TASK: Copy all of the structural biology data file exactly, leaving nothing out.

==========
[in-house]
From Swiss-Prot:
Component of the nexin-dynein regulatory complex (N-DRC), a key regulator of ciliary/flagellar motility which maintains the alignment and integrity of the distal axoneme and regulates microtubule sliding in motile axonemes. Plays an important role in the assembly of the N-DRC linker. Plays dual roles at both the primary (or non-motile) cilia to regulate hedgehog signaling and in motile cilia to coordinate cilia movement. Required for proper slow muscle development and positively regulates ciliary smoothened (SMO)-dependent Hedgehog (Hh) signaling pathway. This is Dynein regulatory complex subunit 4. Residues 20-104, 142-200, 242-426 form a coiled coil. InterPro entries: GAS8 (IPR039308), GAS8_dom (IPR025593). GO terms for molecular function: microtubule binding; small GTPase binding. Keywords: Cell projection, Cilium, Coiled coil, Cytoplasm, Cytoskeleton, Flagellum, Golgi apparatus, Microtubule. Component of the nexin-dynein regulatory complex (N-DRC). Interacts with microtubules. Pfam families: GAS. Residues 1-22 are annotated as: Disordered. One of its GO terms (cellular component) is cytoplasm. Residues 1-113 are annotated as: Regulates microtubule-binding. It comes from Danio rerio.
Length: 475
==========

[in-house]
From Swiss-Prot:
Component of the nexin-dynein regulatory complex (N-DRC), a key regulator of ciliary/flagellar motility which maintains the alignment and integrity of the distal axoneme and regulates microtubule sliding in motile axonemes. Plays an important role in the assembly of the N-DRC linker. Plays dual roles at both the primary (or non-motile) cilia to regulate hedgehog signaling and in motile cilia to coordinate cilia movement. Required for proper slow muscle development and positively regulates ciliary smoothened (SMO)-dependent Hedgehog (Hh) signaling pathway. This is Dynein regulatory complex subunit 4. Residues 20-104, 142-200, 242-426 form a coiled coil. InterPro entries: GAS8 (IPR039308), GAS8_dom (IPR025593). GO terms for molecular function: microtubule binding; small GTPase binding. Keywords: Cell projection, Cilium, Coiled coil, Cytoplasm, Cytoskeleton, Flagellum, Golgi apparatus, Microtubule. Component of the nexin-dynein regulatory complex (N-DRC). Interacts with microtubules. Pfam families: GAS. Residues 1-22 are annotated as: Disordered. One of its GO terms (cellular component) is cytoplasm. Residues 1-113 are annotated as: Regulates microtubule-binding. It comes from Danio rerio.
Length: 475